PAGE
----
Alex Lynn

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WE LIVED TO FIGHT ANOTHER DAY...BUT THAT OTHER DAY NEVER REALLY HAPPENED!

Alex Lynn - GP2 Yas Marina review

My rookie GP2 Series season has now ended, and what a shame it ended as it did. I was leading the final race supporting the Abu Dhabi Grand Prix, looking in great shape, when there was a red flag because of a big accident on the first lap. It was going to take so long to repair the barriers that it would mean the Grand Prix would run late, which meant our race was abandoned. What a shame. We don’t turn up to win the reversed-grid races on Sunday; we prefer to concentrate on the pole positions and feature-race wins, but victory in that one would have been a lovely way to end the season.

We started the weekend with a bit of a braking issue in free practice, so my confidence in the car at that point wasn’t so high. But in qualifying we did a very good job of turning it around when I needed to. I struggled a bit on the first run, where I was eighth fastest, and it was looking quite sketchy, but I had a last-ditch attack on the second and that got me fourth. When I set the time I was behind only my DAMS team-mate Pierre Gasly. I thought it might be good for second, but then Stoffel Vandoorne improved and it was agonising as Mitch Evans crossed the line and grabbed third off me! It all stemmed from a little bit of a lack of confidence from my braking issue earlier in the day.

The start of the race looked quite routine. The top four of us on the grid were all on the super-soft Pirellis and we all stayed in position in the very early stages. But then the tyres got totally destroyed and it was unbelievably easy for the guys who’d started on mediums to pass us. In five laps we lost 1.2 kilos of rubber – per tyre! It was mainly the fronts that were a drama. Pierre had track position – he’d been leading – over me, so he had the option to pit first out of the DAMS cars. Then, during the following lap, the virtual safety car came out, and that’s pretty typical of my season…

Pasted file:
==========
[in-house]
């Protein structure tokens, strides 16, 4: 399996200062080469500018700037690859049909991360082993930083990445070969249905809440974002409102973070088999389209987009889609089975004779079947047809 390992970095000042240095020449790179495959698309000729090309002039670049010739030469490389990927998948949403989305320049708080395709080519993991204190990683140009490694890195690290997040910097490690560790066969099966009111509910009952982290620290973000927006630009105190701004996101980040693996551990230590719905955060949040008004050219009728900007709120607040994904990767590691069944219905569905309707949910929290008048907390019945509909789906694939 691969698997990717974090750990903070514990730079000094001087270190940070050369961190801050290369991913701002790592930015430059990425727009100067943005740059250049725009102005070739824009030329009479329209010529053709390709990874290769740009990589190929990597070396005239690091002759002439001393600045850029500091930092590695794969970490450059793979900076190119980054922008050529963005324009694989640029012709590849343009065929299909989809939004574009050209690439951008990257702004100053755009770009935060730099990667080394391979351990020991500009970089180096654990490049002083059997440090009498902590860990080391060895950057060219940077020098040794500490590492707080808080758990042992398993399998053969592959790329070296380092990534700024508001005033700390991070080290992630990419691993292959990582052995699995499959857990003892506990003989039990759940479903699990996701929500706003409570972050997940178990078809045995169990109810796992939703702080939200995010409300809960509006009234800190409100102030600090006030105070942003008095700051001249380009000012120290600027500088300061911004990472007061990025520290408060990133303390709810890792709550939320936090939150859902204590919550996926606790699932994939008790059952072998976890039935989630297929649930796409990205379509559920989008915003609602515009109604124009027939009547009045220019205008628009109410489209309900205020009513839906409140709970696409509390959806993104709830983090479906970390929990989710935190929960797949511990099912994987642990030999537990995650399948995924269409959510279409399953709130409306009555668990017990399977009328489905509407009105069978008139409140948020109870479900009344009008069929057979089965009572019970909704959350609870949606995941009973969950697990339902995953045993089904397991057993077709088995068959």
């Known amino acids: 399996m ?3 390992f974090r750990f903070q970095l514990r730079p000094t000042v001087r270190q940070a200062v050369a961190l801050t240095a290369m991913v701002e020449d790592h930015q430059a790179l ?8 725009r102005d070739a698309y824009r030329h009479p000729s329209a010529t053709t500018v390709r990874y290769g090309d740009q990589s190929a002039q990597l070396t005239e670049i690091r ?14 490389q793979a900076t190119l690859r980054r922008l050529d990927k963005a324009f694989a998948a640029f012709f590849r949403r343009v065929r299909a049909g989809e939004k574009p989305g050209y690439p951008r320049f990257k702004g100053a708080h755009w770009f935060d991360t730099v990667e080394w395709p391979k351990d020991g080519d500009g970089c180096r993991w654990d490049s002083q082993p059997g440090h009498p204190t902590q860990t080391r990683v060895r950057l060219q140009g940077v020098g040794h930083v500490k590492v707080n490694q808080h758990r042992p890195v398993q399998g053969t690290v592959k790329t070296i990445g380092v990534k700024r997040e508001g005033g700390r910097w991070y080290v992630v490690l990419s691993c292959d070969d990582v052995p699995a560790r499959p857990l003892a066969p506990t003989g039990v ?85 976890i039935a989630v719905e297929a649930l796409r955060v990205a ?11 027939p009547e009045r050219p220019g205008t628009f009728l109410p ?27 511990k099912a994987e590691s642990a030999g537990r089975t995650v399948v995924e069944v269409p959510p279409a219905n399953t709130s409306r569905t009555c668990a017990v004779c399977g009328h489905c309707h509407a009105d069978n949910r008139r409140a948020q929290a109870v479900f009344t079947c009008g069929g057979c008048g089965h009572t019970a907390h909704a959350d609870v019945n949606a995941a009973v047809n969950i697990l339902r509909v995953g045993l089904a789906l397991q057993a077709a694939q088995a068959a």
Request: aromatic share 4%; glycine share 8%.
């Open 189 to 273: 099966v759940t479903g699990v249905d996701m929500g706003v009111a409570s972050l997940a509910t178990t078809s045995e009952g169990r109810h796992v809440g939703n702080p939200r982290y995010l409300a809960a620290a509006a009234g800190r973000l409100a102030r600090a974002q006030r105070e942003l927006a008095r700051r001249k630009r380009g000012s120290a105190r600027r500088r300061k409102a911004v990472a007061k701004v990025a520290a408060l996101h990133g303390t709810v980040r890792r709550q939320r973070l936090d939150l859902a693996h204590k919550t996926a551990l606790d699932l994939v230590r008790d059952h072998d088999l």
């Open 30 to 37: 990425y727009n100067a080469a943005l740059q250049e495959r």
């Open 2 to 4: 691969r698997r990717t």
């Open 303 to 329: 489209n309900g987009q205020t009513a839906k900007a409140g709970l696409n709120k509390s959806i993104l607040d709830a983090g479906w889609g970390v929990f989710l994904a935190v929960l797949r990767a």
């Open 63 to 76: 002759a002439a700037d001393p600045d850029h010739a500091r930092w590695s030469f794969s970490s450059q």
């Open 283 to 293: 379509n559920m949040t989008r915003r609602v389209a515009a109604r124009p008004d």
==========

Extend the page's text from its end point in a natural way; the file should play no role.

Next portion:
Earlier in the year, when the VSC rules started, you could make your pit stop at this point, but then we had the race in Monaco where some people effectively got a free stop and that really cost me. Quite rightly the rules were changed, so that meant I had to stay out behind the VSC – no free pit stop for me, although the DAMS guys anticipated the end of the VSC superbly and it literally ended just as I entered the pit lane.

We’d known tyre wear was going to be difficult on the super-softs but never anticipated it would be that bad, and now I was on the medium Pirellis it became about getting a result. Eighth place was very much on, and this would get me reversed-grid pole, and that’s exactly the position I finished in. You can say we really saved something and lived to fight another day – it’s just a shame that ‘another day’ never really happened…

I was really confident for that race. On the medium tyre in race one I’d set the third or fourth fastest stint average, so I knew I had the pace to stay in front in the second race.

So I finally ended up sixth in the championship. A lot of people will say that’s not a bad effort for a rookie, but I’m not really satisfied. I won two races, I had two pole positions, and I know the pace I had in myself and the car didn’t translate into good results often enough. That’s what we’ve got to concentrate on now: better consistency.

That will begin on Wednesday and Thursday this week, when I do the first two days of the post-season GP2 test at Yas Marina with DAMS. So we’ll get our heads down and work through things on my last two days of driving a racing car before the end of the year. After that? Christmas pudding!

ONE MORE BIG PUSH NOW FOR THE FINAL RACE....


Alex Lynn – GP2 Bahrain review

I’m writing this from Abu Dhabi, where I’m chilling out for a few days between Bahrain and Abu Dhabi. It’s been a rare chance to draw a bit of breath in what’s been a hectic couple of weeks so far – and of course it’s only going to get even more busy next weekend, at the final round of the GP2 Series.

As for the Bahrain race, looking on the positive side, we did a solid job and we came away with some points: which is more than we managed to do at the last two rounds in Sochi and Monza – even though we were actually a lot stronger in those races.

The biggest issue we encountered was tyre wear: it was soon clear that in Bahrain we were not the strongest in that area. You have to bear in mind that Bahrain is the most extreme track with regards to that, and 99% of the time, we get it right. On this one occasion, we were struggling, and as a team we have to work out why this was the case and take steps to address it. I’m sure it’s something specific linked to the characteristics of the circuit: it’s not a general problem we’ve been having.

We had a good qualifying but just struggled to switch the tyres on during the feature race. Still, we recovered to finish eighth, which gave us pole for the sprint race.

So I was quite optimistic, but although I made a great start, again we had the same issue as the race went on. In the end we finished third, which is at least a podium, but it could have been more. Under the circumstances, it was a solid job and we have to be happy with that.